Chicago, IL

Erosion Along Chicago Beaches Can be Seen From One Day to the Next

Natalie Frank, Ph.D.

Erosion from high waves on Lake Michigan quickly create dangerous conditions leading to stop-gap measures to prevent injury and property damage
Dangerous erosion along Lake Michigan beach in Rogers Park neighborhood of Chicago causes large drops along the shorelineAuthor

As recently as two weeks ago, the shoreline in the Rogers Park neighborhood of Chicago sloped down in a gradual decline into the water of Lake Michigan. But high waters and rough waves have caused a sharp drop as you approach the water with the loose packed sand and piles of rocks thrown onto shore by storms, shifting precariously under foot. Despite good weather and light winds that we currently have these sudden drops close to the water line can be seen along the beaches in Rogers Park, with new drop-offs occurring almost daily.

Changing water levels along the entire Lake Michigan shoreline is causing dangerous conditions for anyone visiting the lake, with some of the worst damage found in the Rogers Park neighborhood. These problems are believed to be growing as climate change alters patterns of precipitation and evaporation through increases in temperature. These changes have resulted in high waters getting higher, and low waters getting lower. The swing between these two patterns is occurring at a faster pace than at any time in history.

The current water levels of Lake Michigan are 16” higher than last November, 5’7” higher than it’s low in 2013, 9” from all-time record high in 1986. However, a drop of 3” is expected over the next month.

Part of the treacherous conditions have been related to beach erosion. The high waves that occur during storms don’t only lead to erosion but also toss thousands of stones onto the shore until what were once sandy beaches become mostly covered in layers of rocks. The high winds whip sand around and with the crashing of the waves against the shoreline, the beaches become treacherous with hard packed sand being replaced with loose sand which you sink into.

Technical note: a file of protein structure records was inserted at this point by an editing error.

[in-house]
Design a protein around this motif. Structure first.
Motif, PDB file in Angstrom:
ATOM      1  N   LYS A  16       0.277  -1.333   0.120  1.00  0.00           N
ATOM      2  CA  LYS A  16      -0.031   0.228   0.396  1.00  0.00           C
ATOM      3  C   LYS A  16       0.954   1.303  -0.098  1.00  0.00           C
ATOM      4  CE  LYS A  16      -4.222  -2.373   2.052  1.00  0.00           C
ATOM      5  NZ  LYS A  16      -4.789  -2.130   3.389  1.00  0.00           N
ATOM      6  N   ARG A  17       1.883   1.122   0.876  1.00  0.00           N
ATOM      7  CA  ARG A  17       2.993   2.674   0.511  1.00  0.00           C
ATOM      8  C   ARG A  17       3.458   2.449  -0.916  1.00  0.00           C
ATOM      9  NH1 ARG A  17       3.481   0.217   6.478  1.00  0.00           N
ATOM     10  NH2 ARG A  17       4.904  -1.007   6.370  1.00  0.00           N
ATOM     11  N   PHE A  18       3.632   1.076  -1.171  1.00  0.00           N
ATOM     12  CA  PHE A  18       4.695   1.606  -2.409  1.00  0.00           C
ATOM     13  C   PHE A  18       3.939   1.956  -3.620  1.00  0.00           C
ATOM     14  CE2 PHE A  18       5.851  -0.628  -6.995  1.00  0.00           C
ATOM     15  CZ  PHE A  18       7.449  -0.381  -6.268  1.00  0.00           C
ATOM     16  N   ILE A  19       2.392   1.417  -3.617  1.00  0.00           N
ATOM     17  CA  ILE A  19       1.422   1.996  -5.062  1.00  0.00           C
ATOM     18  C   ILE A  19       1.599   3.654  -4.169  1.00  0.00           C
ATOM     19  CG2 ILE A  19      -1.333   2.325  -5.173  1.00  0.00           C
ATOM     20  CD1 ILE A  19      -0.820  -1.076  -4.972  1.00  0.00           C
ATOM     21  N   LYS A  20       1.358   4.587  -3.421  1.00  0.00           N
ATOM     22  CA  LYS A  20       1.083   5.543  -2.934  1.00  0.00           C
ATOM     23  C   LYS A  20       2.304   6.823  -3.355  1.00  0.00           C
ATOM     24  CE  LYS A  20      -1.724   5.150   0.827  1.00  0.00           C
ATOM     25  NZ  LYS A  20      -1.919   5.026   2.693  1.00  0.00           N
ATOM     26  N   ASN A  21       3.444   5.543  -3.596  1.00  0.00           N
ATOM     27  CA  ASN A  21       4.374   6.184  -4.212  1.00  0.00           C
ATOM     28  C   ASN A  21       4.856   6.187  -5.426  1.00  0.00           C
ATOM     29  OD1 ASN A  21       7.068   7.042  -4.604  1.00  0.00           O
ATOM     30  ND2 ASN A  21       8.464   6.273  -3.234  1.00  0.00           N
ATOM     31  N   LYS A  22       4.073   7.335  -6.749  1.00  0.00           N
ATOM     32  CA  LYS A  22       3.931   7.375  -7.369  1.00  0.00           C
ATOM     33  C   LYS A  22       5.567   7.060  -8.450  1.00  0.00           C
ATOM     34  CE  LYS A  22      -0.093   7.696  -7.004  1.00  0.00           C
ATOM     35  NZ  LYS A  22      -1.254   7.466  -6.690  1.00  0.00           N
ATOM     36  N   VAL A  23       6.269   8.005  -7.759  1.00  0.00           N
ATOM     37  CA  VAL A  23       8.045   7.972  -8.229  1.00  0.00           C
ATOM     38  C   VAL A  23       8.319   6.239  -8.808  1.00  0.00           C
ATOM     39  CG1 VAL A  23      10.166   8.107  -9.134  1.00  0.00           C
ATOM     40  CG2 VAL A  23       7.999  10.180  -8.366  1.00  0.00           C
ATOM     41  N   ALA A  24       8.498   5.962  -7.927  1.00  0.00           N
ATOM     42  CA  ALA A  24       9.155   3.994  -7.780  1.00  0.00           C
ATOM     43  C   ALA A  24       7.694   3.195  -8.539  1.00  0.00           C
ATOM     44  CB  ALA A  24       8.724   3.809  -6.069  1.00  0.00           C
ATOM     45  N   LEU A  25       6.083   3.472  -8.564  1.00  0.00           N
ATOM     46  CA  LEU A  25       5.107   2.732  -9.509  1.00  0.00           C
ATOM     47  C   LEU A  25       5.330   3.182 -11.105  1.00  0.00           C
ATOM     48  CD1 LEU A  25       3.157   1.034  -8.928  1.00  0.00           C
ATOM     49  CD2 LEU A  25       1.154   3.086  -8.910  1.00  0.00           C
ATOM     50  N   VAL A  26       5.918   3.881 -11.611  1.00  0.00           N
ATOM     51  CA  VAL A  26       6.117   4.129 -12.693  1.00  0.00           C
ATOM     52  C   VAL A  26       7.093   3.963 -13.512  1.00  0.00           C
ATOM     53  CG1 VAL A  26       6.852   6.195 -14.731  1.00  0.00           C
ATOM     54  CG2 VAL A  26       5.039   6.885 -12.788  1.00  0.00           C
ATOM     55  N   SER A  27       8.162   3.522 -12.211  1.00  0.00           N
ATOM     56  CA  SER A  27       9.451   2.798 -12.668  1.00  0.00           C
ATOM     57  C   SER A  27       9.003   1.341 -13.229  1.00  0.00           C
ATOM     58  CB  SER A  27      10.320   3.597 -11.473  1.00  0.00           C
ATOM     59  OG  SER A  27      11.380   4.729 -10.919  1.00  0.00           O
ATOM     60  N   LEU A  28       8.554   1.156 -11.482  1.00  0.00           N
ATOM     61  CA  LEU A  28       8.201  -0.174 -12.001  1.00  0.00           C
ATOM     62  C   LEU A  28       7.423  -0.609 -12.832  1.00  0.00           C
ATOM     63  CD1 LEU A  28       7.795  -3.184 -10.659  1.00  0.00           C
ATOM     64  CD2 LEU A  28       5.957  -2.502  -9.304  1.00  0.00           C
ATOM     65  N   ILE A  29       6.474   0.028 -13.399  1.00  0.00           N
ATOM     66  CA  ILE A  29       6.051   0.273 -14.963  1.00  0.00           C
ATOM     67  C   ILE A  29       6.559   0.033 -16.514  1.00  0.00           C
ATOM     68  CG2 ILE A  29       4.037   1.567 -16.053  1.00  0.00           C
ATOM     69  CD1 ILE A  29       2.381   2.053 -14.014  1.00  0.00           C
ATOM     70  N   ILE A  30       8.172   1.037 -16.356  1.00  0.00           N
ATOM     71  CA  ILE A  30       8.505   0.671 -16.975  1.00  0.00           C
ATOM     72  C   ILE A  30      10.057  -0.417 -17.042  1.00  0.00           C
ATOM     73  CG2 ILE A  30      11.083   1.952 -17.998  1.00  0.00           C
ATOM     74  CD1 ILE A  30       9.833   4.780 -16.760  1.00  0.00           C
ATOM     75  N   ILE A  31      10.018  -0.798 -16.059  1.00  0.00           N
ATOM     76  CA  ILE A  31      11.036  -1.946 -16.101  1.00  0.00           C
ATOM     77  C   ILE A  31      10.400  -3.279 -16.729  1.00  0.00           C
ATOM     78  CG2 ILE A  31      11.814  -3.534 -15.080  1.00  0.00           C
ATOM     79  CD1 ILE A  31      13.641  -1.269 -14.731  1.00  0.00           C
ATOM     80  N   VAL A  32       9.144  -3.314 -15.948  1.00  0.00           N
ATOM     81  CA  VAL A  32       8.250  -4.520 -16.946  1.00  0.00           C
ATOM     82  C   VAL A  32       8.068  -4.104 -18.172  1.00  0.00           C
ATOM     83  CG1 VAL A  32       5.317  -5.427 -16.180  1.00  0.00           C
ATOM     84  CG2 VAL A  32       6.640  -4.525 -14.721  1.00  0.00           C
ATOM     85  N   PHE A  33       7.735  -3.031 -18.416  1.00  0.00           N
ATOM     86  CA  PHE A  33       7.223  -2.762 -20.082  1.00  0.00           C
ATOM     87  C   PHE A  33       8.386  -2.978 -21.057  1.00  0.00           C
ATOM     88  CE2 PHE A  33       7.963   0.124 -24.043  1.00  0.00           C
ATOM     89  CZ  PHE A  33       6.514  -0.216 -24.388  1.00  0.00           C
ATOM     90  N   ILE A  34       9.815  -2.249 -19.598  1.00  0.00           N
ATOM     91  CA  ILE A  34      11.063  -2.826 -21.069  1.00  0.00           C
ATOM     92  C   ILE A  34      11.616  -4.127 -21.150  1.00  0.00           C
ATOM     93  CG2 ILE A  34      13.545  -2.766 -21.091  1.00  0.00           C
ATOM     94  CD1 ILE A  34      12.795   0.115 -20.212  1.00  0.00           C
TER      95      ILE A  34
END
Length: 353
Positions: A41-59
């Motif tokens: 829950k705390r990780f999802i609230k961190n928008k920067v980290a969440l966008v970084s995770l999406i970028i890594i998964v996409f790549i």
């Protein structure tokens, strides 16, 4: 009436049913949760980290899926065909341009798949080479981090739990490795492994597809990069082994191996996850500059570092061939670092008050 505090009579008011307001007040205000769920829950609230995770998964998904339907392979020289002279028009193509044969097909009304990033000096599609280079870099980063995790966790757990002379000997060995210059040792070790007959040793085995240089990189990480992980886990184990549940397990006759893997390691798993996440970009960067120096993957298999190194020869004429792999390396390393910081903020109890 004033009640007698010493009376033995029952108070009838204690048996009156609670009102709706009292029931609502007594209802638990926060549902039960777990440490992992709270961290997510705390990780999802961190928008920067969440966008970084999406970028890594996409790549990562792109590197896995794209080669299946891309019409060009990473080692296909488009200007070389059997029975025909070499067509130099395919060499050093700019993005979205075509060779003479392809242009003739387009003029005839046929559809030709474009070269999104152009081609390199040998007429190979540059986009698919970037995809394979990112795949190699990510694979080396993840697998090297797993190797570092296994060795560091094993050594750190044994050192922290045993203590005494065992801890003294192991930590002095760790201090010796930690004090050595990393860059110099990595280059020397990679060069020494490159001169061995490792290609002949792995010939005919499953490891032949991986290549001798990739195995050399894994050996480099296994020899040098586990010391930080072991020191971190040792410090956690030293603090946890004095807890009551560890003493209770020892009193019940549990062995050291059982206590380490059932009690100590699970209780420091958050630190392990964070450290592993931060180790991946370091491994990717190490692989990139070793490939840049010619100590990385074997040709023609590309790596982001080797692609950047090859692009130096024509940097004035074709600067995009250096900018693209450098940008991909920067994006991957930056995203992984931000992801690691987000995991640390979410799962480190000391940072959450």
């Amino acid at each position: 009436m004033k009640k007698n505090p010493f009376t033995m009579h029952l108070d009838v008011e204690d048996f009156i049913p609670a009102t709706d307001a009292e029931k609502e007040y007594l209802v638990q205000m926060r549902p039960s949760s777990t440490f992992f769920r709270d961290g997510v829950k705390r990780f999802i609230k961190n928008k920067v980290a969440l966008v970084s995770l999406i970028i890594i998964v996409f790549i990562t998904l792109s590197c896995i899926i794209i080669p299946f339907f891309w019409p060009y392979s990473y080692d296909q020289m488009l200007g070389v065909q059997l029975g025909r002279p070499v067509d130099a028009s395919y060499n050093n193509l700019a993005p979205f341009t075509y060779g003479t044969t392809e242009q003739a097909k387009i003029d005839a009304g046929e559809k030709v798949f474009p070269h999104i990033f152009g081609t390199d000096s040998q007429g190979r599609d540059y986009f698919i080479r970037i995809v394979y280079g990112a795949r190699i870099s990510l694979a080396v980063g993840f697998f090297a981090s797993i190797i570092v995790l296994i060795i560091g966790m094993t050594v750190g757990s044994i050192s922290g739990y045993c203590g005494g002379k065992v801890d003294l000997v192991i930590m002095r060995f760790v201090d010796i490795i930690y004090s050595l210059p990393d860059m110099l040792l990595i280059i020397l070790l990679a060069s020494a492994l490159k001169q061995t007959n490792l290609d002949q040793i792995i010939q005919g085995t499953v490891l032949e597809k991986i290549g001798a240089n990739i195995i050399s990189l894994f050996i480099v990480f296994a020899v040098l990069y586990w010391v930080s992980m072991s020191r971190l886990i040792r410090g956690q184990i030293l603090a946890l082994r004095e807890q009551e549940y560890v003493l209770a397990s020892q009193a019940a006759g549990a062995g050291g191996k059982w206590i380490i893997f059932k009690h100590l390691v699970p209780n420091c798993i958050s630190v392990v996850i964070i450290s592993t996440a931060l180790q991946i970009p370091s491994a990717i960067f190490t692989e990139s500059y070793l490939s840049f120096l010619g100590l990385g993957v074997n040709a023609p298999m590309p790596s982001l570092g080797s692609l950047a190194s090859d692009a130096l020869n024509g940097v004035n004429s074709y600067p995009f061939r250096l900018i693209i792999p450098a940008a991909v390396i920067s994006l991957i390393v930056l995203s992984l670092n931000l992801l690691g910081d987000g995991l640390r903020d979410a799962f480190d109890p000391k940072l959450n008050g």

On my most recent walks along the shore, even after over two weeks of calm weather, I sank into the sand up above my ankles with each step which it very difficult to walk. What normally was a 40-minute walk, stretched to over an hour as I dragged through the sand. I fell several times, one day actually into the water as the sand shifted, taking my feet out from under me.

Attempting to get away from this looser sand however, also proved dangerous as much of the beach front is now covered in rocks so you go from shifting sands to shifting rocks and falling on these large stones is painful. Today, I ended up with a number of cuts on one hand and arm as I came crashing down onto a pile of sliding rocks, falling a second time as I tried to regain my feet.

Other more serious signs of damage to the coastline were also evident. I saw two sinkholes that weren’t too deep but were quite wide on my walk today, one wide one having opened up along a sea wall that used to stand about 20 feet back from the edge of the water. Water now rushes directly up to the wall and goes over it into a depression around 10 feet across even when waves aren’t large. A hole has formed in the wall, and each time a wave is large enough to hit the wall, water erupts from the hole in addition to over the wall, which has formed a small pond behind the stone structure.

Crews have implemented emergency efforts in the past several years to prevent further erosion related dangers to people and structures in Rogers Park. Armor stone or riprap have been placed along some area beaches, effectively covering the entire beach front until it is no longer visible. These areas have subsequently been closed to the public. Other beaches in the Rogers Park neighborhood as well as other parts of the Chicago lakefront are also being altered or covered in order to prevent further damage and dangers.

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Chicago, IL

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